Carbonation, Freeze/Thaw and More
Professional Service Industries, Inc.
Professional Service Industries conducted tests of Seal-It Concrete Sealant beginning in March of 1992. The tests conducted include compressive and flexural strength, penetration, carbonation, and freeze thaw. Cores taken from an 85 year old building; blocks, cubes and rectangles of concrete were subjected to an assortment of tests.
One core of concrete taken from an 85 year old building measured 850 pounds per square inch (psi) compression strength, a second core from the same building measured 2520 psi after being treated with Seal-It Concrete Sealant. That is 196% increase in compression strength. A similar pair or cores from this building were tested a few months later exhibiting a 121% increase in compression strength.
The laboratory tested high strength cubes of concrete which produced a 24% increase in compression strength (6120 to 8060 psi). The 6120 psi cube of concrete would be much less porous than the 650 psi core from the 85 year old building, and as Seal-It Concrete Sealant is a penetrating solution, there are fewer pores for the sealant to fill and less of an increase in compression strength.
The lab has completed two penetration tests and determines a depth of 8.5 inches in a 2280 psi rectangle of concrete, while a 3 inch diameter, 3630 psi cylinder is shown to have been completely penetrated by Seal-It Concrete Sealant.
Three samples of concrete exhibit an average 19.8% increase in compression strength from 3400 psi, while a further three samples show a 23.8% increase in flexural strength. A cubed sample of concrete has increased in compression strength by 28.8% and 28.3% increase in flexural strength.
Resistance to the destructive effects of carbonation is tested. Two untreated samples of concrete are tested to reveal 0.57 and 0.63 inch penetration of CO2. Two samples of concrete converted by the use of Seal-It Concrete Sealant have no depth of penetration of CO2.
Professional Services laboratory also tested the effects of freeze thaw on untreated and converted concrete. A 4200 psi sample of concrete was subjected to 300 cycles of freeze thaw. The untreated sample is recorded to have completely deteriorated, while a sample converted with Seal-It Concrete Sealant shows “no effect”.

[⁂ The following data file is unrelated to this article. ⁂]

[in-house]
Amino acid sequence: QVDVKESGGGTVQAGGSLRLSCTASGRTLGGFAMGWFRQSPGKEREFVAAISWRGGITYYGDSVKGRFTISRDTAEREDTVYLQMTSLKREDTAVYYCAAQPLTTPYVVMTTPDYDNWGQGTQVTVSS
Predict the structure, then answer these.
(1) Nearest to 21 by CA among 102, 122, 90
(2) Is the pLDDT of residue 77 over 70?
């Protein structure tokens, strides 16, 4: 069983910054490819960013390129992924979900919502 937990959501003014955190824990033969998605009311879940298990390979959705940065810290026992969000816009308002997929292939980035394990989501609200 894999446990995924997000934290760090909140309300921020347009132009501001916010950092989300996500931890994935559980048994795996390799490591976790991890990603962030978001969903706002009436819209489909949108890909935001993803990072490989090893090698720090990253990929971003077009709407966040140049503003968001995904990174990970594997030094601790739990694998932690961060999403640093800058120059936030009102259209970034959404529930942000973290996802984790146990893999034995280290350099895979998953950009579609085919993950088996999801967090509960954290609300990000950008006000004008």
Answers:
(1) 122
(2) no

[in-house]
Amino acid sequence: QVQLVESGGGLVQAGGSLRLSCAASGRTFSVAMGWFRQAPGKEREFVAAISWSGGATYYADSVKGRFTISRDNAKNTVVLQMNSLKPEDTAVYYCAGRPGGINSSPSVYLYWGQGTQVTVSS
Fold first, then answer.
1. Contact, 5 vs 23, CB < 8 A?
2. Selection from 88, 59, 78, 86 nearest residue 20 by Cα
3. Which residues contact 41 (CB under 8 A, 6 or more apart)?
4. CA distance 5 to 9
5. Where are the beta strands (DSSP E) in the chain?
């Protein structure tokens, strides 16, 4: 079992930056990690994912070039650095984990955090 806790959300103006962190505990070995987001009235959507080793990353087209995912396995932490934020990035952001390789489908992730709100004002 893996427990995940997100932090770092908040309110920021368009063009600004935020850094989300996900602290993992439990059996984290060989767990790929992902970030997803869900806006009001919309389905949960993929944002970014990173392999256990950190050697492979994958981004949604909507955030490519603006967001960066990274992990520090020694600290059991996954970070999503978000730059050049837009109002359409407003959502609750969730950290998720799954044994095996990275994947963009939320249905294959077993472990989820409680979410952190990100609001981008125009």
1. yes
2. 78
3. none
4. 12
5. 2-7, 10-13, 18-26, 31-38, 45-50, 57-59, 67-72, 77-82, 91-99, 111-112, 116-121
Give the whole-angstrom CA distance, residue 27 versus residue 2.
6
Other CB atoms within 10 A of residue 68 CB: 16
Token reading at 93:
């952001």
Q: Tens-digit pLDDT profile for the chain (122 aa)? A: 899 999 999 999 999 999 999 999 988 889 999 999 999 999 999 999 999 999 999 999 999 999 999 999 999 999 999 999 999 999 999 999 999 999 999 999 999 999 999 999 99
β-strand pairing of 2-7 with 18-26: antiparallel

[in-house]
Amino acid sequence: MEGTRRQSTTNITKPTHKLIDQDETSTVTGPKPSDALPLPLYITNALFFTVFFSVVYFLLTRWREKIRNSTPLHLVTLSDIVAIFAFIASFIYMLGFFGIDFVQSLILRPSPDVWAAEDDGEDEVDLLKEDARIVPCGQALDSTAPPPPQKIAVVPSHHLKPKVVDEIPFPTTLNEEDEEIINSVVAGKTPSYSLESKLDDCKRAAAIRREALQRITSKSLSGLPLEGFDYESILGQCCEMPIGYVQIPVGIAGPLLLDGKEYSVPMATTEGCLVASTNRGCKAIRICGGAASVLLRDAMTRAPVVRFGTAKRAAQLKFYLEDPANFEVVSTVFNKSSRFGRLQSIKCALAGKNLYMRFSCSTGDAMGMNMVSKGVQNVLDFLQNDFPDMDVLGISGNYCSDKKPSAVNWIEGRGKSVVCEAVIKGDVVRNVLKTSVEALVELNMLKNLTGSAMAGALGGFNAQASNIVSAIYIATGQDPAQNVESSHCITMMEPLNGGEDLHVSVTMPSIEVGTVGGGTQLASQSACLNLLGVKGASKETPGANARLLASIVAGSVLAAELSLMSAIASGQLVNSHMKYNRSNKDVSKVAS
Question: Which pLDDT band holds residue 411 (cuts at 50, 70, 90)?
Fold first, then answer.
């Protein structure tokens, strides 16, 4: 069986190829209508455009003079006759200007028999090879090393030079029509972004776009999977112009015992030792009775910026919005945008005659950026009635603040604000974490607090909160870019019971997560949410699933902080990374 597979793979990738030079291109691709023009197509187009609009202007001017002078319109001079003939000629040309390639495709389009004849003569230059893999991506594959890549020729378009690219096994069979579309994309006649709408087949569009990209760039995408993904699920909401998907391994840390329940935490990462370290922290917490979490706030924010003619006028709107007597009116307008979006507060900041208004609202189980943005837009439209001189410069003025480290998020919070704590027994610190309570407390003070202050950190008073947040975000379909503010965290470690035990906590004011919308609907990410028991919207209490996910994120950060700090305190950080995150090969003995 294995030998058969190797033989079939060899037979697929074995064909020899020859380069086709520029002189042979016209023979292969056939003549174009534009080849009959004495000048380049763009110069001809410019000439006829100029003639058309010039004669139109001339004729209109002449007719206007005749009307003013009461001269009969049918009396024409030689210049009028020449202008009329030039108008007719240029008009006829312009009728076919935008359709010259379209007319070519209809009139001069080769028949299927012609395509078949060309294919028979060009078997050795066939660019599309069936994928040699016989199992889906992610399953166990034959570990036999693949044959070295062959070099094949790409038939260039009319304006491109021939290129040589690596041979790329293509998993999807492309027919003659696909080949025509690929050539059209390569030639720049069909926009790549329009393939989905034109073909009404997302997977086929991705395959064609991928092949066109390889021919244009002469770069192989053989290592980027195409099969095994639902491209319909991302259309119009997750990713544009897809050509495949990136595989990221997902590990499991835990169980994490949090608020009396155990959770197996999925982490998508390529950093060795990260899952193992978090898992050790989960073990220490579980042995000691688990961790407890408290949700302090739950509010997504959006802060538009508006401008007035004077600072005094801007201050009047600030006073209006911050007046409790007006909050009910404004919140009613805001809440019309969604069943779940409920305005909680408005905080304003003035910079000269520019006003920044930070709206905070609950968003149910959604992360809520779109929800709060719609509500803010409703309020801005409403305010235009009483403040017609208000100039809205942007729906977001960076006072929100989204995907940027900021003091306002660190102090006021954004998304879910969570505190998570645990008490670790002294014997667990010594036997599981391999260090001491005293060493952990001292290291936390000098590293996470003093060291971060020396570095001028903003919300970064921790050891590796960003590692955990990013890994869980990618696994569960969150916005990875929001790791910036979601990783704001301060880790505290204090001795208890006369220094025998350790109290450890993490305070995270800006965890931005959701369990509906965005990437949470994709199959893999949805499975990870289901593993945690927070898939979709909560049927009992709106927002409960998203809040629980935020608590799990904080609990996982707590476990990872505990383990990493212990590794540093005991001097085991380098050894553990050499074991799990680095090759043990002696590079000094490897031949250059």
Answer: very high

Results of compression strength testing performed on concrete cylinders treated with Seal-It Concrete Sealant. These test results were submitted to us from a U.S. reseller.
The tests were performed only 7 days after the slurry mix was placed in the cylinder forms. Even though the concrete cylinders had not been given 28 days to cure, and the application method used was not recommended by Seal-It, there is an average increase in compression strength of 14.4% over the control cylinder.
Seal-It Concrete is a very user friendly product, and we believe you can achieve even better results. Seal-It personnel will help you with a custom application procedure for your project.
Waste Water, Bacteria and Concrete
Concrete and Bacteria:
A corrosive relationship.
Bacteria exist in our environment that are responsible for the breakdown of concrete. In short, a by-product of the living bacteria is sulphuric acid. Sulphuric acid and concrete are not a good mix.
The cost of this destructive mix was known only too well by a customer that contacted our St. Louis representative, SealMaxx of St. Louis . The customer, a concrete pipe manufacturer, was presently using a plastic liner to prevent corrosion caused by bacteria. Mr. Braden Schrum of Beco Concrete in St. Louis was searching for a more cost effective solution. Mr. Schrum liked what he saw that SealMaxx of St. Louis could do with Seal-It Concrete Sealant but needed to know specifically how this product would handle the destructive bacteria. This question led to the following, independent laboratory, findings.
BioBelt Laboratories of St. Peters, Missouri were contracted to determine what effect, if any, bacteria would have on concrete treated with Seal-It Concrete Sealant.
Two concrete cylinders that had been treated with Seal-It Concrete Sealant have microorganisms applied to them. Live bacteria were placed on 1 concrete cylinder; live fungi were placed on the second concrete cylinder. A third concrete cylinder was not treated with Seal-It Concrete Sealant and no microorganisms were placed on this cylinder.
Following progressively longer periods of time, each of the three concrete cylinders was “swabbed” as a method to collect any live organisms. These swabs were then placed in an environment where, if any were present, the organisms would multiply, and subsequently be detected.
As can be seen in the attached report from BioBelt Labs, no bacteria are present after any length of time, from 4 hours to 7 days, on the concrete cylinder which had been treated to the Seal-It Concrete Sealant.